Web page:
Saturday, January 20, 2018

Shortage of teachers at 48 Anglican schools


VACANCIES: Parents and pupils attending the Sixth Company Anglican Primary School in Moruga display placards outside the school yesterday to highlight the teacher shortage they are experiencing. —Photo: DAVE PERSAD

Mark Fraser

THERE is a shortage of teachers at 48 schools run by the Anglican Education Board of Management.

This is according to Merle Brathwaite, the board’s secretary with responsibility for primary schools.

Yesterday she said: “We do not have teachers. We have gone to the government list. We have submitted our recommendations to the ministry (of Education) which takes quite a long time because the minister (Dr Tim Gopeesingh) has to look at everything that happens in terms of staffing at school. We have been doing that all the time.”

Her comments came after a protest by parents of pupils attending the Sixth Company Anglican Primary School in Moruga yesterday.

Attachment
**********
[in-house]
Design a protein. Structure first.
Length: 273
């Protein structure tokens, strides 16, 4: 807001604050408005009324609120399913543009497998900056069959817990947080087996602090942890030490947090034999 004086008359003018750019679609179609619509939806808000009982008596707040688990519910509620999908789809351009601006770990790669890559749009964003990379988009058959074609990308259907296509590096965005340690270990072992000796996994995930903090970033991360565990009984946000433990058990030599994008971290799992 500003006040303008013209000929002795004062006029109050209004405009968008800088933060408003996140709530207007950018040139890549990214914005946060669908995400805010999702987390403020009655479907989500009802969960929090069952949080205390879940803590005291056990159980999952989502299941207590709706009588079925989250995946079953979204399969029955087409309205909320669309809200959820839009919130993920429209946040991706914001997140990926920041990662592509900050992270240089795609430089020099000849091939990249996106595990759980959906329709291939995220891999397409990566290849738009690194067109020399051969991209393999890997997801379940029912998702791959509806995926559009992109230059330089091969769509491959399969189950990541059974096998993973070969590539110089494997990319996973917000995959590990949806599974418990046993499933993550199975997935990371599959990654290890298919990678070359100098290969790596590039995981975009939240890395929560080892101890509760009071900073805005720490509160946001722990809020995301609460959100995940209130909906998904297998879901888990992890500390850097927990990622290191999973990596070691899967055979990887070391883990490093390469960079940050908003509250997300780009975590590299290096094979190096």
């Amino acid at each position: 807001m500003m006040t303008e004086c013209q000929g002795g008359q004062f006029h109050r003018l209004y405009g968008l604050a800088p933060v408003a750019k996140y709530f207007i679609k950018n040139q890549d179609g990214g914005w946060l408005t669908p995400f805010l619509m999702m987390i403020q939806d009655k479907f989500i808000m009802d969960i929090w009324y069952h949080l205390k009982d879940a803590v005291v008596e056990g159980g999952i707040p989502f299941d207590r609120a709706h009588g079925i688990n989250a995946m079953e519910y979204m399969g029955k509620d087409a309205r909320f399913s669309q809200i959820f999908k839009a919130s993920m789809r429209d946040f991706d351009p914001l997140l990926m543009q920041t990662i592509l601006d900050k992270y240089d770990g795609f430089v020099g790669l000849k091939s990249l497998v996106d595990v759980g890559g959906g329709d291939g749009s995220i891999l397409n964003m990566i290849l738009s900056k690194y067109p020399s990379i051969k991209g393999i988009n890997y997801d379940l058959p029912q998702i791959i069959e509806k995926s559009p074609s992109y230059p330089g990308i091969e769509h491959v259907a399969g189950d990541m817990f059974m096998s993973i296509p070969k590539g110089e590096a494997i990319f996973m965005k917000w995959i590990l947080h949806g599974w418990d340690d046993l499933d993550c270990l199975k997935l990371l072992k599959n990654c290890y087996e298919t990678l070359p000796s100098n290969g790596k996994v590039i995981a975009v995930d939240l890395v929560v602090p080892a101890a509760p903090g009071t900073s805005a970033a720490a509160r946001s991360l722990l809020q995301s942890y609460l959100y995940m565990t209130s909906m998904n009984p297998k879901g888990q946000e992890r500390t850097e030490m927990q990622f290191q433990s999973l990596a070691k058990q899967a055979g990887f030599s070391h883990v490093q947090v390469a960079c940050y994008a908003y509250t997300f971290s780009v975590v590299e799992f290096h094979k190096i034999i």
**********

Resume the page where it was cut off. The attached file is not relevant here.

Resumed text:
Spokesperson for the parents Sharon Reyes said since last year, there has been a shortage of teachers at the school and one teacher was teaching two classes.

“We want the school to be at the level it is supposed to be. We want teachers for each class,” Reyes said.

Brathwaite said a recommendation was made for a teacher to be assigned to the school but the teacher’s accreditation for the Bachelor in Education degree was not yet finalised.

 That was another  issue teachers had to face, she said, and principals in Port of Spain schools had to teach classes because of the shortage.

An official at the Ministry of Education told the Express that it was the responsibility of the Board to make recommendations.

The official said: “But the ministry’s experience on many occasions has been the board would normally reject qualified and competent applicants all because they want someone of the Anglican faith to teach at their schools.” 

Another official said measures were being put  in place to deal with the shortage issue.

The ministry official said: “The ministry is using an international benchmark as it relates to the number of students per teacher. It is part of a plan to fill vacancies  to ensure schools are adequately staffed.”

Member of Parliament for Moruga Clifton De Coteau said he only became aware of the problem yesterday morning because of the protest. He said if he had known about it earlier, he would have assisted.

He told the Express: “We will be working on it, to have the problem alleviated at the school.”